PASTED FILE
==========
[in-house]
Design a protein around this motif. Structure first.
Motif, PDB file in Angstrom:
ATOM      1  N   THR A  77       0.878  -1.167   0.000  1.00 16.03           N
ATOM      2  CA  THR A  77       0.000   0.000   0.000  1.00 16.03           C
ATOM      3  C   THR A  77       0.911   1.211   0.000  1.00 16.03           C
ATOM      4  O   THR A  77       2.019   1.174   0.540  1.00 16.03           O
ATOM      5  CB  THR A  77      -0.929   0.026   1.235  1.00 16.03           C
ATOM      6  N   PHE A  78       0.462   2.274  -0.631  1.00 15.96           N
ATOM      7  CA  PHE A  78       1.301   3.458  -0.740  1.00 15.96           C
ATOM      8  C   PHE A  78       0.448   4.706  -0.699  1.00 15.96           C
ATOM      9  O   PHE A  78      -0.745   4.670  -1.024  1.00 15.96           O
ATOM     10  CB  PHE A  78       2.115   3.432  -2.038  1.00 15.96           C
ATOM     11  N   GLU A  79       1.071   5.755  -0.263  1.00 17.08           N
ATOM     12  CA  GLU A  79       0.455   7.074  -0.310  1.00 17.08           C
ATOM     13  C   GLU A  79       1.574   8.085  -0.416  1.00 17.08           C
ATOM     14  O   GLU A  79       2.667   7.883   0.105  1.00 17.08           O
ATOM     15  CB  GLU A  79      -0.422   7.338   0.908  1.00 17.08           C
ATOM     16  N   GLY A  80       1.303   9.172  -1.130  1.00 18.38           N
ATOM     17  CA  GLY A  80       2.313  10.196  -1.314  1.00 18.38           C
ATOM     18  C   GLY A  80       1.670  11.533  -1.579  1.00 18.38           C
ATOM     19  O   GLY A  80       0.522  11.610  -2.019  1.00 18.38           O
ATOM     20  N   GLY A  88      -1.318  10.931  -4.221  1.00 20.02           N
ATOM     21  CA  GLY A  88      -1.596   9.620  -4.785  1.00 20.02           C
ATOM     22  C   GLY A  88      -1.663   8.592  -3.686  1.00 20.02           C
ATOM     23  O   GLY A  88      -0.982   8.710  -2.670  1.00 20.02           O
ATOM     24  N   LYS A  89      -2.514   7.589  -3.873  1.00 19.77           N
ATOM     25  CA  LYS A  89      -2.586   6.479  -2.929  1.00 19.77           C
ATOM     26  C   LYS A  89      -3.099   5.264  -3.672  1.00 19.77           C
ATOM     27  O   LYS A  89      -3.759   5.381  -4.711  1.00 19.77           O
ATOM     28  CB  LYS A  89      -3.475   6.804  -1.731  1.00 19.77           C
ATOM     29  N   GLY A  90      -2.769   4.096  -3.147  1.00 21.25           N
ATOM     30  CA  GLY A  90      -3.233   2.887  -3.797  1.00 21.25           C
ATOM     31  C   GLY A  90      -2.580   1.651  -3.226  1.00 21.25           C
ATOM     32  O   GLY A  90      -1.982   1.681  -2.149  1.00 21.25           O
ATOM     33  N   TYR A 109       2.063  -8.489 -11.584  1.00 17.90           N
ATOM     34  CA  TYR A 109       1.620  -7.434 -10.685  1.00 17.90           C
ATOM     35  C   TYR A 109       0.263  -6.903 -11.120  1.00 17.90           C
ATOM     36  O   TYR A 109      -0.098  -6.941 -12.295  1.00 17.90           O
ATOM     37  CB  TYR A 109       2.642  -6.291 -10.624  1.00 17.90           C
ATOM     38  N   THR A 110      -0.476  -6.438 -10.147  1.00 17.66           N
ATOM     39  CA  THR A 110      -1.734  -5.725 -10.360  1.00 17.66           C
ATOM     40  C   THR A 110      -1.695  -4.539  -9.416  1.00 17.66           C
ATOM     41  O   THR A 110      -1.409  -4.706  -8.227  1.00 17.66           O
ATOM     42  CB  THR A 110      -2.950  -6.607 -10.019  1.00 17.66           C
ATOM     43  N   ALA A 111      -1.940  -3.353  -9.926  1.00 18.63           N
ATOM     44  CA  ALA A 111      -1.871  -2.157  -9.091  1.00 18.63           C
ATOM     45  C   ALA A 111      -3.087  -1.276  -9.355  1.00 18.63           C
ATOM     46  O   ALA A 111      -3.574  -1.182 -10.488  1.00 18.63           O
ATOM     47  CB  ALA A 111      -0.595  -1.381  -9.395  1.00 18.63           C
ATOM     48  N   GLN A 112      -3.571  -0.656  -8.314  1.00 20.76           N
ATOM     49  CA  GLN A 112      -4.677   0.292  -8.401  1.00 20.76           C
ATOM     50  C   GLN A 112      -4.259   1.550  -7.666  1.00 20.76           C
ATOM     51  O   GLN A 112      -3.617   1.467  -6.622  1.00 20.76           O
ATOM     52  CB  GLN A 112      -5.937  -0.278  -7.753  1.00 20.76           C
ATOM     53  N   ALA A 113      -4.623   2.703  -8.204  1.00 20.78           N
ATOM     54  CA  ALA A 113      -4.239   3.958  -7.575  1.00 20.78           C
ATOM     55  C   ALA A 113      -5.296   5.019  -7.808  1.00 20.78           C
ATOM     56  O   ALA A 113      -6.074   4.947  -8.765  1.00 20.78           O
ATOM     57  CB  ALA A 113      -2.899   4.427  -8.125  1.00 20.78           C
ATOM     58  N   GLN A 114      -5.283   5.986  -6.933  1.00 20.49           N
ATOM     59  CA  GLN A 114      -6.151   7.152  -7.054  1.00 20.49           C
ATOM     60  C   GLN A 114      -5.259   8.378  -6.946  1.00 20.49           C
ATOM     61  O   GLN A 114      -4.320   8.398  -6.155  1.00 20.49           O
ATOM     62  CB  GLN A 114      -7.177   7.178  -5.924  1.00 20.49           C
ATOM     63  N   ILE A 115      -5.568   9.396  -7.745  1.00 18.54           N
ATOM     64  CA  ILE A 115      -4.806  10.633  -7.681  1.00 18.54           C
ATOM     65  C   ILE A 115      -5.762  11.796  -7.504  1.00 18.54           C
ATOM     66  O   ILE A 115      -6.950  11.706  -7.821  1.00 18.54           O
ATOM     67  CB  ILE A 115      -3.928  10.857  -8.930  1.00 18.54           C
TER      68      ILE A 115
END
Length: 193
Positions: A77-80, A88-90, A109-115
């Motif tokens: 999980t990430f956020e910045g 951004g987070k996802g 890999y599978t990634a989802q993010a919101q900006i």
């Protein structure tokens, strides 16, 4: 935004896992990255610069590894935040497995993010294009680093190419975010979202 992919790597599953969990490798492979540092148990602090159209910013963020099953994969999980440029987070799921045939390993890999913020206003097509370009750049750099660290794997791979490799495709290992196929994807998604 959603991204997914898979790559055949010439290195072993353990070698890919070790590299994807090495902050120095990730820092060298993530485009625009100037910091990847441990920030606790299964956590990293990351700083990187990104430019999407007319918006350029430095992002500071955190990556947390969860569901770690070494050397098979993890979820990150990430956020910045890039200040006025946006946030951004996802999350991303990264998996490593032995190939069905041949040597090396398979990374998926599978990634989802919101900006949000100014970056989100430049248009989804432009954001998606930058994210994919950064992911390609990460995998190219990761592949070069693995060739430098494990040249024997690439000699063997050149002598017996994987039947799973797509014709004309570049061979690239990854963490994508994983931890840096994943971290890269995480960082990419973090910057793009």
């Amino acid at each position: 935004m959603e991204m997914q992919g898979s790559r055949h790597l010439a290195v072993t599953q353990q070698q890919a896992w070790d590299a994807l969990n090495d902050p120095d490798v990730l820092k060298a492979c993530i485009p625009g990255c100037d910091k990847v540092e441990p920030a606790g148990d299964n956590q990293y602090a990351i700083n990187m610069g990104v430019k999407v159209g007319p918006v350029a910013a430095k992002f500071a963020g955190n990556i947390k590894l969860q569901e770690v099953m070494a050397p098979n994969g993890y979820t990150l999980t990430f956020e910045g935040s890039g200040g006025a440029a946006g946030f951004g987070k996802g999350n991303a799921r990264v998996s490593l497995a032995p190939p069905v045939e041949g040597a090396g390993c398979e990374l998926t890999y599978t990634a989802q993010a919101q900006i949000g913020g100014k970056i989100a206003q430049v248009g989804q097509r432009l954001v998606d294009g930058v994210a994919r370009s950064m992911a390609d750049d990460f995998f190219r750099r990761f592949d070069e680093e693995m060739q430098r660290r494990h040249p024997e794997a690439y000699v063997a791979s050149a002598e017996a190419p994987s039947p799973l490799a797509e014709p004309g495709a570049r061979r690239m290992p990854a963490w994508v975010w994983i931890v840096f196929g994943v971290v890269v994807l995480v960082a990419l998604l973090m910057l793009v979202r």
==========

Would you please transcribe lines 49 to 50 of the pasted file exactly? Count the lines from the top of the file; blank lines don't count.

ATOM     46  O   ALA A 111      -3.574  -1.182 -10.488  1.00 18.63           O
ATOM     47  CB  ALA A 111      -0.595  -1.381  -9.395  1.00 18.63           C